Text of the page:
The fourth rule is that senior military officers must be very cautious when providing congressional testimony. The military has a dual responsibility to both the executive and the legislative branches. According to the Constitution, the military serves at the direction of the president in his role as commander-in-chief and certain designated officials, such as the secretary of defense. However, to maintain the checks and balances that are so critical to our system, Congress also provides oversight, identifies the military budget, determines the size of the armed forces, and has the authority to declare war. For these reasons, senior military officers oftentimes are called before the elected leaders of Congress to testify on military strategy and operations. This can be very tricky though, serving these two coequal branches of government: the executive branch represented by the president; the legislative branch represented by the Armed Services Committee.

So then the question is what should senior officers do when they’re required to testify before Congress on a policy that they may have disputed with the president or the secretary of defense. And the answer is follow the institutional requirement to provide candid advice and options on using the military.

The fifth rule is to never publicly criticize defense policy or civilian officials. To do so is a form of insubordination and disrespect that may undermine the authority of civilian leaders or the confidence that other servicemembers have in him or her.

The sixth principle is perhaps the most debated. Should military officers remain apolitical once they retire from active-duty service? Retired senior military officers are normally held in very high esteem, according to public opinion polls. They continue to wield a lot of political influence. And the conventional thinking is that retired officers should avoid criticizing defense policy or civilian defense officials, just as they did while they were in uniform. It’s also against the Uniform Code of Military Justice, even though these prosecutions for this kind of stuff are rare.

The seventh and eighth of the principles of civil-military relations both concern how to respond to legal and illegal orders. And these are the last two. When given a legal order, either from a civilian or military officer or from a civilian official, military servicemembers are expected to comply with the order without delay.

The last: Military personnel must not abide by orders that are illegal. That sounds very simple, very straightforward. However, what constitutes illegal is often ambiguous and confusing. Subordinates who received dubious orders may find it challenging to determine if the order is truly contrary to an established legal precedent. Most military officers do not have a lot of legal background and may not be privy to all the decisions that went into that command, and therefore they may not know that it’s actually illegal to do what they’ve been instructed to do.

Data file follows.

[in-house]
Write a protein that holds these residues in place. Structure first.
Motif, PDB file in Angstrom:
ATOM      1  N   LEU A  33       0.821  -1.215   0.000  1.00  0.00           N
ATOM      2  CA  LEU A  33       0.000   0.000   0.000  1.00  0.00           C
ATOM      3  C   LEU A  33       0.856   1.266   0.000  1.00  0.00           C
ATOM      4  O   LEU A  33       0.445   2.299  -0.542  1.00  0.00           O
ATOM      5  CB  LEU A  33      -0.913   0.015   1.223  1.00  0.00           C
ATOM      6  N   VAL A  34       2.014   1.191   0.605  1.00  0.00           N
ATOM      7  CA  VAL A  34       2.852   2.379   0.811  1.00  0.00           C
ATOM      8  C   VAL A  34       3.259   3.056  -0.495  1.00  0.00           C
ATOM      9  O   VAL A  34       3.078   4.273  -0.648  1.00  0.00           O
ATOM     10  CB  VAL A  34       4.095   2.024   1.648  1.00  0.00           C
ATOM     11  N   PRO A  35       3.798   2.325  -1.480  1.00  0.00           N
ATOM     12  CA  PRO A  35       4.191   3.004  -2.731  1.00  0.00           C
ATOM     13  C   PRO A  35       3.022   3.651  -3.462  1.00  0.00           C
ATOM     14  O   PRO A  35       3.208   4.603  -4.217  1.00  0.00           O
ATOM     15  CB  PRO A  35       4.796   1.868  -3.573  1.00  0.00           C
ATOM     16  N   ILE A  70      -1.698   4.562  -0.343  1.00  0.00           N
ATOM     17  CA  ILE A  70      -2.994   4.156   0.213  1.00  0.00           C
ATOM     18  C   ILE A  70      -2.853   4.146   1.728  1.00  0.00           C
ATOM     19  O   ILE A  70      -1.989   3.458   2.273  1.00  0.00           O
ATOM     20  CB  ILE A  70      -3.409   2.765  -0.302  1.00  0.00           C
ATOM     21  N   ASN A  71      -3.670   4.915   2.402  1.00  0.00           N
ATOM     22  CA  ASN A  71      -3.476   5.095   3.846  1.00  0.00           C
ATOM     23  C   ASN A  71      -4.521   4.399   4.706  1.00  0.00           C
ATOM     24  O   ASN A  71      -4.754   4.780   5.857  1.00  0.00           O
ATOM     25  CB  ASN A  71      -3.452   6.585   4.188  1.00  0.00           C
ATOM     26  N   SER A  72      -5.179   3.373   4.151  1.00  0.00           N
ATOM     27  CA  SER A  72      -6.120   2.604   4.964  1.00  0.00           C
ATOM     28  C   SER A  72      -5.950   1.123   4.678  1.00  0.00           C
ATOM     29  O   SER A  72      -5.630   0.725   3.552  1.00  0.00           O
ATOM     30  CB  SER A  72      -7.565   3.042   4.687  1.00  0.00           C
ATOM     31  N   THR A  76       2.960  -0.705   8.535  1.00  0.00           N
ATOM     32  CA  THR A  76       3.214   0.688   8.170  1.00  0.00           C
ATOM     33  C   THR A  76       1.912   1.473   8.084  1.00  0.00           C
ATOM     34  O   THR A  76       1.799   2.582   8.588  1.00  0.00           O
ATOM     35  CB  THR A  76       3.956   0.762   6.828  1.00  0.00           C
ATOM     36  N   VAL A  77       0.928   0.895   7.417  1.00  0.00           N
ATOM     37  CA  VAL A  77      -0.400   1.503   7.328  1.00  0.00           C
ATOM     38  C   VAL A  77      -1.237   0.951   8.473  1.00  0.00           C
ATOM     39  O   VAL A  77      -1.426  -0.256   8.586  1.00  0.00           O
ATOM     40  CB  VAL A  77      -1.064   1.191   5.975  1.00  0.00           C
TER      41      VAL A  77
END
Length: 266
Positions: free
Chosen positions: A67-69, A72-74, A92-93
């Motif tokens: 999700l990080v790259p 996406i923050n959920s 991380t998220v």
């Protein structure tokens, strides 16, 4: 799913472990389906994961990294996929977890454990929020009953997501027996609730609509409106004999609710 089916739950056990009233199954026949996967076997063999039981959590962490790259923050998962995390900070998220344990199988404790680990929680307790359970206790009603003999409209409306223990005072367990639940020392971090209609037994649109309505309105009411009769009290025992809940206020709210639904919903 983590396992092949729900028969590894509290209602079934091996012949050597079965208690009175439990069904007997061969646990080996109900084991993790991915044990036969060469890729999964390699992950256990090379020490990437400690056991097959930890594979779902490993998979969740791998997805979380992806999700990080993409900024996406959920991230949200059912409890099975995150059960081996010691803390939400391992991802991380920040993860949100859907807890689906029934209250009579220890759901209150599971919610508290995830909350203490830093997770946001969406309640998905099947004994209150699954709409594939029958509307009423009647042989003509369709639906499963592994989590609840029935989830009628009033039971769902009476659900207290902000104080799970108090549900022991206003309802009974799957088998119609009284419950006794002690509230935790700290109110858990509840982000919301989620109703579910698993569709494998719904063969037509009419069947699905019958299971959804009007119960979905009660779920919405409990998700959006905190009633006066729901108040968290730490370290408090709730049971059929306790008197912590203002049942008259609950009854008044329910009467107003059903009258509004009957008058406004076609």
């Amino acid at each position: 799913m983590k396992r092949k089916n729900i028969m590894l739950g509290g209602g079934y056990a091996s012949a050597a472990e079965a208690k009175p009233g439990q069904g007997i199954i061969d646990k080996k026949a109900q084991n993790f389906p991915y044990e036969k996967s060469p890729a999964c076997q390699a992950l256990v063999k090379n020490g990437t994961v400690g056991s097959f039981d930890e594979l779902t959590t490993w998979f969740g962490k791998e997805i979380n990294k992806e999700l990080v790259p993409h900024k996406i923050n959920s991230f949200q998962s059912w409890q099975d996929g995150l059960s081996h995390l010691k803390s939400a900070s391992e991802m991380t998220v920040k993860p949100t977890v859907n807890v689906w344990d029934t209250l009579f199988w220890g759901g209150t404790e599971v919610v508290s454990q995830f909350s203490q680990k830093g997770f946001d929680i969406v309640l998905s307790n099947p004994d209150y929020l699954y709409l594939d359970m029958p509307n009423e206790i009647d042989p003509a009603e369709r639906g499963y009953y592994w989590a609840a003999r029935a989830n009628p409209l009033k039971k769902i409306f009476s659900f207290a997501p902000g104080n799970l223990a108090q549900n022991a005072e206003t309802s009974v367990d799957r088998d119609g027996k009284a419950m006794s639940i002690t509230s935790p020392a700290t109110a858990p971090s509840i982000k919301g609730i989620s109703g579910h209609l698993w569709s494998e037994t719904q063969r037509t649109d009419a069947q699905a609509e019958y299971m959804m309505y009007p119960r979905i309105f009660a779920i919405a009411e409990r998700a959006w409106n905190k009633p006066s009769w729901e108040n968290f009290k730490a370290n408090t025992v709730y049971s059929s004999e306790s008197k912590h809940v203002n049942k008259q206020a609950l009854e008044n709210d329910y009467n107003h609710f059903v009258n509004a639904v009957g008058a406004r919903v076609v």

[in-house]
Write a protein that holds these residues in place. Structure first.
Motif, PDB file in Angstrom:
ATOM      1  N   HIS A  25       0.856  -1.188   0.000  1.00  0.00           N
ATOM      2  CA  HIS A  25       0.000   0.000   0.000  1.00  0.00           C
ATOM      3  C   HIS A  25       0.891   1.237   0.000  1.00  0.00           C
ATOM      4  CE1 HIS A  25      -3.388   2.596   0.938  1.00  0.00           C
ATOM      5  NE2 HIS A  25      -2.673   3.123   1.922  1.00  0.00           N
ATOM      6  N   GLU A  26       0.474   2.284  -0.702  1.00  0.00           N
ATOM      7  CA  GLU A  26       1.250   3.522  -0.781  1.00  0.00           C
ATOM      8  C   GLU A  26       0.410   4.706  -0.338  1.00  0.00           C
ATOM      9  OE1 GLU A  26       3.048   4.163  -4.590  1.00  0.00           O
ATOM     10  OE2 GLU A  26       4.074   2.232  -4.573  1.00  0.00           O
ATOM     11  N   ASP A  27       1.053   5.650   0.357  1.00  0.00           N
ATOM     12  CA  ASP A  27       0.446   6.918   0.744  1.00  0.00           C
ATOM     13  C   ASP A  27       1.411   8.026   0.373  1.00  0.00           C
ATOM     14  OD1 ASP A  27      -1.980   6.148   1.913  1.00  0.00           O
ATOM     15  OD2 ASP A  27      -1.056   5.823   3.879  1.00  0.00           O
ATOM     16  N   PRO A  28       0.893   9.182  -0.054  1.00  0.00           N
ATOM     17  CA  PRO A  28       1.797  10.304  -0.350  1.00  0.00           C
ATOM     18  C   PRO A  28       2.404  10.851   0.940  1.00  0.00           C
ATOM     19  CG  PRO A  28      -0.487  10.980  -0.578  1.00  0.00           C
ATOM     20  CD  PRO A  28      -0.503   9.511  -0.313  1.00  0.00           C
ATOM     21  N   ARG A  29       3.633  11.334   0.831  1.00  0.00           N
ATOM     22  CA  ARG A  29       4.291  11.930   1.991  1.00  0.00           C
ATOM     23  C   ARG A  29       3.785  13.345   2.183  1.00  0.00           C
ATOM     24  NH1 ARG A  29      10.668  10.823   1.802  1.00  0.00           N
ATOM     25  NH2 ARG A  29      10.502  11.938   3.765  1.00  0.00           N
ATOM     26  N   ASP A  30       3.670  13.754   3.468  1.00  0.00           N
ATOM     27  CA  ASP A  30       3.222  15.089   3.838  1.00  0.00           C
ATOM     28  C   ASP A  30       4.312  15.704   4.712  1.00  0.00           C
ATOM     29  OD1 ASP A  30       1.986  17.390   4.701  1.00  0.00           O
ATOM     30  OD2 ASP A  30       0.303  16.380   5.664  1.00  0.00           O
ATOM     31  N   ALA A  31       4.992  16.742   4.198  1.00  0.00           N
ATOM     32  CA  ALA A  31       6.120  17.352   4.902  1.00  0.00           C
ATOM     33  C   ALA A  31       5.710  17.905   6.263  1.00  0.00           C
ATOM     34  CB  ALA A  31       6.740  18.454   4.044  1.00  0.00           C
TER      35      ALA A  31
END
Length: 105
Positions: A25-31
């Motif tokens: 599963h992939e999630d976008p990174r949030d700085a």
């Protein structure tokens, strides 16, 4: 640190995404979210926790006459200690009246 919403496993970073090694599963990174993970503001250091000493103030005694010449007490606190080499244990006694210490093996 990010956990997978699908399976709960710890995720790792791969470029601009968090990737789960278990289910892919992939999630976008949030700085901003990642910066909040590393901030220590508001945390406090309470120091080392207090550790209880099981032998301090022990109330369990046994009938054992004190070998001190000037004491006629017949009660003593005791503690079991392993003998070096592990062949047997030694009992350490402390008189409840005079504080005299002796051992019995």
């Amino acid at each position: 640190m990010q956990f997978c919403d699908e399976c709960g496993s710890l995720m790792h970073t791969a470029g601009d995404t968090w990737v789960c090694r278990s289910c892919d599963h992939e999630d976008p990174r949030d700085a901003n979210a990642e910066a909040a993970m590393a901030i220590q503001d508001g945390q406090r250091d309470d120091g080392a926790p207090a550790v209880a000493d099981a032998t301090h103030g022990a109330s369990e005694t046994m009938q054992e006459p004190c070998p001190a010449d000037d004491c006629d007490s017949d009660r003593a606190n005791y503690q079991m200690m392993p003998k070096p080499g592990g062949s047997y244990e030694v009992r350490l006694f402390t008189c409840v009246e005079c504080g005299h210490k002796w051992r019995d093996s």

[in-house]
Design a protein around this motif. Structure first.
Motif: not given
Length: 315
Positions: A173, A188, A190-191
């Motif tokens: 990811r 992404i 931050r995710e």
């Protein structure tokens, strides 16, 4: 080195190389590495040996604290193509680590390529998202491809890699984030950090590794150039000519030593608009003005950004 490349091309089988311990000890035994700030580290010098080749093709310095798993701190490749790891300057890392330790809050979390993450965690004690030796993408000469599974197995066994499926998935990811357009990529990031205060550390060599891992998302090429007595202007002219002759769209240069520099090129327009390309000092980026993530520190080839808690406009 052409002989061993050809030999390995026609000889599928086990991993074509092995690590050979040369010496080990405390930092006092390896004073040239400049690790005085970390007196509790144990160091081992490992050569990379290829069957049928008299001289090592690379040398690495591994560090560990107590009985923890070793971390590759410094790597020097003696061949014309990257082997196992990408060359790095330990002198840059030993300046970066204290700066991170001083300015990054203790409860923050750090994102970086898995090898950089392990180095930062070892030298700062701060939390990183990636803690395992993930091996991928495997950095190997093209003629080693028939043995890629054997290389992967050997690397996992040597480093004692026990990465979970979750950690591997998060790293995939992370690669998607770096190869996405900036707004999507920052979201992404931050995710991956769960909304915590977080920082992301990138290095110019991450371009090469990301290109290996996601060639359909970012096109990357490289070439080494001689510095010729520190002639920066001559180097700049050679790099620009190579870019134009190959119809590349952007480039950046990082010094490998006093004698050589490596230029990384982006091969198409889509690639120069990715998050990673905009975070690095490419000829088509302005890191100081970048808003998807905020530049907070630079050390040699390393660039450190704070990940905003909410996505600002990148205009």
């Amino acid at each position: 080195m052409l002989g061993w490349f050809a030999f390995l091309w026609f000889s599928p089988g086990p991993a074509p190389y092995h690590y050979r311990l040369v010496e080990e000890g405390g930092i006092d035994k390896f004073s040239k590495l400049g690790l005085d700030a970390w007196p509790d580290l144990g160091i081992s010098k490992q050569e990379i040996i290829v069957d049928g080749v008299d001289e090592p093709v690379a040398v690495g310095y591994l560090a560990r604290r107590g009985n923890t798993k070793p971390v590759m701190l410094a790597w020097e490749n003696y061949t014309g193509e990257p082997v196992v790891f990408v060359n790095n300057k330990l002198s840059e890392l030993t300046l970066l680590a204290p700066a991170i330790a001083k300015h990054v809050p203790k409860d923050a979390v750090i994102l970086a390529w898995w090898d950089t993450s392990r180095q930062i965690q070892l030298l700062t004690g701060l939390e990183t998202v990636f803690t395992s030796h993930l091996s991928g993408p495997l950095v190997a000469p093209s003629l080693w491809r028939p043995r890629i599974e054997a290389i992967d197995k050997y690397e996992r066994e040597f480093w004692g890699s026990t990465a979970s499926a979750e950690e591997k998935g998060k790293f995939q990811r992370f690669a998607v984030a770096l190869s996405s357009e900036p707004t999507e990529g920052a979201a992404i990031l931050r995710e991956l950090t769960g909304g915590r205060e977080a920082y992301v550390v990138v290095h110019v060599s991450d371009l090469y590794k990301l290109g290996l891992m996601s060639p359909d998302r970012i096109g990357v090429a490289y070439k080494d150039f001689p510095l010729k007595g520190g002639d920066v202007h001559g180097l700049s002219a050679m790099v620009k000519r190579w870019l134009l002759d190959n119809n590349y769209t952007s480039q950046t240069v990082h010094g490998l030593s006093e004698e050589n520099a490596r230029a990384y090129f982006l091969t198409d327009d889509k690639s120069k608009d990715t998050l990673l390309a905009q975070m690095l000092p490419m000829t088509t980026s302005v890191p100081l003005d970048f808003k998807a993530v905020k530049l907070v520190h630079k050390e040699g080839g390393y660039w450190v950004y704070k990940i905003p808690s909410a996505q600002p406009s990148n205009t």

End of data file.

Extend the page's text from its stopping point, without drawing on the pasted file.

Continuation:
So what does a senior military officer do if he or she is confronted with an illegal order? What are their options? I think they have three choices. First, comply with the illegal order. Second, agree to follow the order but move slowly; do some foot dragging or shirking of the order and hope somebody intervenes to correct the situation. And third and last, refuse to follow the order and keep a clear conscience.

So this concludes the eight practical guidelines that I’ve identified for civil-military relations in the United States. It’s really important that we teach these topics to our rising senior officials so that when they are in front of Congress or facing dubious commands from their senior civilian counterparts, they know exactly what guidelines they must follow.

(Host)

Why are these sometimes difficult to apply?

(Paterson)

Yeah, that’s a great question, Stephanie.  First of all, we had . . . the constitutional loyalty of senior military officers is to the Constitution, not to the secretary of defense or to the president. And that’s why we have two coequal branches of government to provide oversight of the military.

Most people believe that the senior military officers’ allegiance should be straight to the commander-in-chief. But that’s not true. You have to respond to Congress and the congressional figures as well. In addition, it’s also difficult because the courses of action that the military may prefer—that they feel very strongly about—may be contrary to what the president or the secretary of defense prefer.

Hence, therefore, they have to abide by orders or by commands that they don’t personally agree with. But part of their military discipline and part of the subordination to civilian officials that’s so important in our system is for senior military officers to abide by those commands from the civilian leadership without question.